As a customer, you may be concerned about other people who aren’t wearing them. You could ask to be seated as far away from them as possible, but with space at a premium this may not be possible. Your only option could be to leave if you don’t feel safe.


You will spot the difference as soon as you enter reception, with many hotels installing screens to protect staff as they greet visitors. Your keycard may have a faint tang of bleach, as it will have been sterilised after its last use, and you may need to lug your cases up the stairs as lift use will be restricted.

When you get to your room, you can still expect tea and coffee making facilities and toiletries, but hotels are paring back everything else. Malmaison is replacing magazines and newspapers with digital versions for guests instead. The notebooks and pencils are also out, replaced with complimentary sanitiser wipes. The minibar will be empty, but you can order drinks and snacks for it when you check in. IHG, which runs hotels including Holiday Inn and Crowne Plaza, has removed some furnishings from its rooms.

For many, the biggest disappointment will be the loss of the breakfast buffet. Instead of being able to help yourself to an assortment of pastries, cereals and cooked food, you may be offered a pre-prepared box of goodies, or order cafe-style at the posher hotels.

While you stay, Travelodge says, staff won’t enter your room. IHG says you will be able to see when areas were last cleaned.


Parks could end up being the overspill areas for pubs, which are now allowed to sell drinks for consumption off their premises. Councils are urging people to behave responsibility and take their litter home.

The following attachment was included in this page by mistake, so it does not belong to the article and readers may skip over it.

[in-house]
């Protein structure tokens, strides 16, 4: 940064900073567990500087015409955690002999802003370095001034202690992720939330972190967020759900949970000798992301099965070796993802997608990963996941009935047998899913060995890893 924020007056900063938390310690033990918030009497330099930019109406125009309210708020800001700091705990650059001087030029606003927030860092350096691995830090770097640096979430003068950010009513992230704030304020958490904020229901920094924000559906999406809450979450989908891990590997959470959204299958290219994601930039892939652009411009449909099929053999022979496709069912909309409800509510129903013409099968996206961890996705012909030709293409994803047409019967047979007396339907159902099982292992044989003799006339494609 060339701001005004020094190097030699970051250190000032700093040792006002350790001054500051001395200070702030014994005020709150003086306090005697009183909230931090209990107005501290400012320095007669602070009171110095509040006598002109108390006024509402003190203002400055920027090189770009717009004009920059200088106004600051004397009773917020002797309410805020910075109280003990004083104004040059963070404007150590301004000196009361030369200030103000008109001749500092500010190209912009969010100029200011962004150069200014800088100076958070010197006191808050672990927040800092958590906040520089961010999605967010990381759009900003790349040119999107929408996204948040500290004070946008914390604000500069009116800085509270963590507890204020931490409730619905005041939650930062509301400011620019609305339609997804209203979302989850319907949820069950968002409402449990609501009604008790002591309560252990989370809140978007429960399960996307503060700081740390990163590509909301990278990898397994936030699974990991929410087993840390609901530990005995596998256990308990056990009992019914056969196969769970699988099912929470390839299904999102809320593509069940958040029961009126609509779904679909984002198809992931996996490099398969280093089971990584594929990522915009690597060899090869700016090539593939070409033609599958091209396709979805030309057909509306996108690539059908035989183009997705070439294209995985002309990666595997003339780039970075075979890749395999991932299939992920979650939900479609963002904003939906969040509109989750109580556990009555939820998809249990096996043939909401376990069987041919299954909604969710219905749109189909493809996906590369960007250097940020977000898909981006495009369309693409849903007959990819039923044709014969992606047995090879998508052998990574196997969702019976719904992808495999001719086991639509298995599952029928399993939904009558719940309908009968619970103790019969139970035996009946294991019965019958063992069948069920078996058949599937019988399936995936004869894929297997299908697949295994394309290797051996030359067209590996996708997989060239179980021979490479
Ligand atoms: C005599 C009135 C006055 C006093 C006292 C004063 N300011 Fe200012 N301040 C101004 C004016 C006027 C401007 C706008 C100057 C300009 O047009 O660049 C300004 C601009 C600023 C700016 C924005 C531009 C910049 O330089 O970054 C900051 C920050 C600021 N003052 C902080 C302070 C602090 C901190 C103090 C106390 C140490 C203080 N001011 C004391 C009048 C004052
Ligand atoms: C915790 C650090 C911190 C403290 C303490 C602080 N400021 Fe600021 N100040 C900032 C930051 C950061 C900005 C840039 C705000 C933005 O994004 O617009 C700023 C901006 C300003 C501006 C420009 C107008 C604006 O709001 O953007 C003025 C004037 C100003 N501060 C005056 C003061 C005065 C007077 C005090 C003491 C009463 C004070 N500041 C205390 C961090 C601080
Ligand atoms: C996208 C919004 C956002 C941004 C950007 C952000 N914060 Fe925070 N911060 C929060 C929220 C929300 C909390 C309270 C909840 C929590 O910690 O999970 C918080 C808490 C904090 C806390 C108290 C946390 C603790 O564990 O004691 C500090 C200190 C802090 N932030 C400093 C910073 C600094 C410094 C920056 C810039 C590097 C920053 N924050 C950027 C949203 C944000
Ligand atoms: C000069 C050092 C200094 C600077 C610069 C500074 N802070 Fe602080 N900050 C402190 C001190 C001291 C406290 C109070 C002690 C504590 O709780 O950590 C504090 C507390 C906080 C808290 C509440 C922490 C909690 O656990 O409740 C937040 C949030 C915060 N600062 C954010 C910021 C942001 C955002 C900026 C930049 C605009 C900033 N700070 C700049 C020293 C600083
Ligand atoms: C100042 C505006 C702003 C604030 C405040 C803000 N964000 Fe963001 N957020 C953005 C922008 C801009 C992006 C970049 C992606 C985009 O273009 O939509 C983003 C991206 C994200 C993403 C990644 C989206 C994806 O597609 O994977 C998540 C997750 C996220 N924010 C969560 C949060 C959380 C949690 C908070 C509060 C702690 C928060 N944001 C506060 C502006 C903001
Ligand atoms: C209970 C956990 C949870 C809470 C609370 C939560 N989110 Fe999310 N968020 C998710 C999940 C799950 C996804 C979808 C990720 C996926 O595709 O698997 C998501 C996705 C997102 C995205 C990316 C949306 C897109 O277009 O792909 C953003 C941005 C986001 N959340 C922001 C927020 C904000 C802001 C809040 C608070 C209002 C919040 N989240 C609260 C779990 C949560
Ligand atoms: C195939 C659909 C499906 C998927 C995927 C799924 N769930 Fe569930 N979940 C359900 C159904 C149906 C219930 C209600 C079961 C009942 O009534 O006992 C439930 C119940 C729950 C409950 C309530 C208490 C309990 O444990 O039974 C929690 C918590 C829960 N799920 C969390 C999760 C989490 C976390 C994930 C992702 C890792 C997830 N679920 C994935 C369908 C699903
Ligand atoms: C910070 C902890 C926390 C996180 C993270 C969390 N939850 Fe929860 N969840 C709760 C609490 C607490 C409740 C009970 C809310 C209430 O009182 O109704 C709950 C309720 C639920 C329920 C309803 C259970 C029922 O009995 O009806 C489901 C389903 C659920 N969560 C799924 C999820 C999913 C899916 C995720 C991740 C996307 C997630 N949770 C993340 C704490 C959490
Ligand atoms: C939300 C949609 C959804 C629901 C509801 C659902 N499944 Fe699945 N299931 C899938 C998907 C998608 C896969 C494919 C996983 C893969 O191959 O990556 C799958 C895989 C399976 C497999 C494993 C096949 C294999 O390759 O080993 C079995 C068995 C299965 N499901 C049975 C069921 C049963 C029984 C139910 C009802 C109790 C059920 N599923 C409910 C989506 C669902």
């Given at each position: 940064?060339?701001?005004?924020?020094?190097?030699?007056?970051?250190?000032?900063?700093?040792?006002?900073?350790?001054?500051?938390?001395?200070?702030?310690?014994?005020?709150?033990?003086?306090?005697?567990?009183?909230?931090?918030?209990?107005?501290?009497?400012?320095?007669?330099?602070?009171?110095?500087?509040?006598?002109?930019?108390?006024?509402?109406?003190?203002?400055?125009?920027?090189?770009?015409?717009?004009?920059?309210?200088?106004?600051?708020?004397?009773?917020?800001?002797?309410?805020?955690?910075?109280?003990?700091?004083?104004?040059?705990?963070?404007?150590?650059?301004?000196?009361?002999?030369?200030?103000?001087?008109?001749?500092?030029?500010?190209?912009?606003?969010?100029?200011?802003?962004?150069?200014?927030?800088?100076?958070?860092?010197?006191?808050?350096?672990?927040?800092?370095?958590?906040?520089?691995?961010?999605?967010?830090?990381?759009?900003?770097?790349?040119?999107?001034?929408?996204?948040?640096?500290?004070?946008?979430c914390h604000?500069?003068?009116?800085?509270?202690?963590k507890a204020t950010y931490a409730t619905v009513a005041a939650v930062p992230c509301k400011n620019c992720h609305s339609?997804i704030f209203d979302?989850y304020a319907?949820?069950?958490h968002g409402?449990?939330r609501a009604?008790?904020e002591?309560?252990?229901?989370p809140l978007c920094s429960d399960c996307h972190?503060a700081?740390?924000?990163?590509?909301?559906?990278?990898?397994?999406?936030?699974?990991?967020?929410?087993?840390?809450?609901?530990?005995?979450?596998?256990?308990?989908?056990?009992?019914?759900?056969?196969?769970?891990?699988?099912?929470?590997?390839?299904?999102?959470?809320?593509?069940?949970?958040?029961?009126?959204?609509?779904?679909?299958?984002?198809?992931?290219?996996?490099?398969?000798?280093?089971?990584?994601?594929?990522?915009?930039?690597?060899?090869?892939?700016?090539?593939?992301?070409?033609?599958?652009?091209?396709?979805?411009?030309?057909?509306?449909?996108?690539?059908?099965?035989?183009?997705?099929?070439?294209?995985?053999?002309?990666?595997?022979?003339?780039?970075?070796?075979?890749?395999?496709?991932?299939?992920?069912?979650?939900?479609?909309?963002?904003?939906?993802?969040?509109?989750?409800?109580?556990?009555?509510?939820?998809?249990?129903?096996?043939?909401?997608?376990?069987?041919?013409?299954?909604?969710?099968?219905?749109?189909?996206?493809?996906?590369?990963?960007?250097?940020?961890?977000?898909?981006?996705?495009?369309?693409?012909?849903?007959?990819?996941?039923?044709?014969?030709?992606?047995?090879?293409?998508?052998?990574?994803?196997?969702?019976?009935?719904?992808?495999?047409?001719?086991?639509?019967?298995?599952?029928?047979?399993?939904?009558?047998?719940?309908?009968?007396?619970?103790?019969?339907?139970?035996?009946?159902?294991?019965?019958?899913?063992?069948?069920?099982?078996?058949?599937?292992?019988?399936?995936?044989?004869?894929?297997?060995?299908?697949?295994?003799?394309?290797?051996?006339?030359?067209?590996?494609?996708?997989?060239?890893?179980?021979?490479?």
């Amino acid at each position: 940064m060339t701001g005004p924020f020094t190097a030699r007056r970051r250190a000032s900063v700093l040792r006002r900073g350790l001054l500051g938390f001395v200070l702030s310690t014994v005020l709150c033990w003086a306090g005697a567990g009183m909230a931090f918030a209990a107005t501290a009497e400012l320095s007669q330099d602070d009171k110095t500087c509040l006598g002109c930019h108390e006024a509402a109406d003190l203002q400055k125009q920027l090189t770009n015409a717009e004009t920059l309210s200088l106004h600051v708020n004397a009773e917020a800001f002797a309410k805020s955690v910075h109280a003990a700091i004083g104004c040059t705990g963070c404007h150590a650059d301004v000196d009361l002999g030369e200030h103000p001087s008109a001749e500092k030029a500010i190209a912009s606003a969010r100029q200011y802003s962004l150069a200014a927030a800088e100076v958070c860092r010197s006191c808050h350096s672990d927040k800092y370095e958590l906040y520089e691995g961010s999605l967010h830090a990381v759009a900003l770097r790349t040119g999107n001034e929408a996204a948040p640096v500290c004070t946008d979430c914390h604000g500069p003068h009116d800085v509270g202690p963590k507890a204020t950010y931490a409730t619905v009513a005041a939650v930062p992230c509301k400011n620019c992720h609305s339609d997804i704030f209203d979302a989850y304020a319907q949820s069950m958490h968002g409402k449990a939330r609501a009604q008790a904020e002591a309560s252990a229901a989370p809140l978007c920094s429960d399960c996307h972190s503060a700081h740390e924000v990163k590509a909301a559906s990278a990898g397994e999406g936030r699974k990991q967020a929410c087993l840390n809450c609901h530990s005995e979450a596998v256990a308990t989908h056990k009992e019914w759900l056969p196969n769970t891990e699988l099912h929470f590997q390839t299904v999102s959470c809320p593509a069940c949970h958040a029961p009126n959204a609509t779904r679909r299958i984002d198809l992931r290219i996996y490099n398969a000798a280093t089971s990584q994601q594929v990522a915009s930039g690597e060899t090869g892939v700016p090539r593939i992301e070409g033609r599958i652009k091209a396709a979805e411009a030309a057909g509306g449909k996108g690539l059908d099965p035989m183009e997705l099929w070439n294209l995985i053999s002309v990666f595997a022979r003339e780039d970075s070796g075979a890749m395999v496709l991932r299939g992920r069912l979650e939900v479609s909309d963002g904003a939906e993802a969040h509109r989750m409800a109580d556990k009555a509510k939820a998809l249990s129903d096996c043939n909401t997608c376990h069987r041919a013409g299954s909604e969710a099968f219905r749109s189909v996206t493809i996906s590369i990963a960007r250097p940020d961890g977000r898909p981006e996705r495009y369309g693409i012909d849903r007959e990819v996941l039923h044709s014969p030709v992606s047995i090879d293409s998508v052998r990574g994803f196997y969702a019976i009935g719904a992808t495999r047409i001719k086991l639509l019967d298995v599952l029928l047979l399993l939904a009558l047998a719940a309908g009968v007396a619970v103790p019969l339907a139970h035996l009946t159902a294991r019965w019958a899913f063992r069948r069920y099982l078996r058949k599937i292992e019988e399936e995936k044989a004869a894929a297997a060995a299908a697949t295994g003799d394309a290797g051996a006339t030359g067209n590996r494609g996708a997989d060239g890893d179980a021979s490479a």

The government has said playgrounds can reopen, but some councils have decided it isn’t yet safe to allow children back on the climbing frames. If you are planning to take to the swings, remember they won’t be cleaned down between use, so pack some sanitiser and gloves.


Councils have been reopening public toilets, but not all will be available again, so don’t count on being able to go to the loo when you’re out. Now pubs are open, things should be better than when they were just offering off-sales. The same is true of restaurants, which will be opening toilets to those who are eating in. Some pubs are introducing a traffic light system for the toilets – Greene King pubs will ask customers to flip an indicator when they enter and exit. Wetherspoons is asking people to keep left as they approach and enter its loos.


Your gratitude at not having to wash up after dinner, combined with the knowledge that the hospitality sector has had a bad time, may well inspire a generous tip. Most retailers are going cashless, or at least doing everything they can to encourage people to use cards. And the same will generally apply to tips – where you may have previously left cash on the table, you will be asked to tip when paying electronically. The Mexican food chain Wahaca says tips will need to be made by card, and that is pretty standard across the sector. At Supercuts, if you want to tip your hairdresser in cash you will need to put it in an envelope with the stylist’s name on, and it will be quarantined for 72 hours.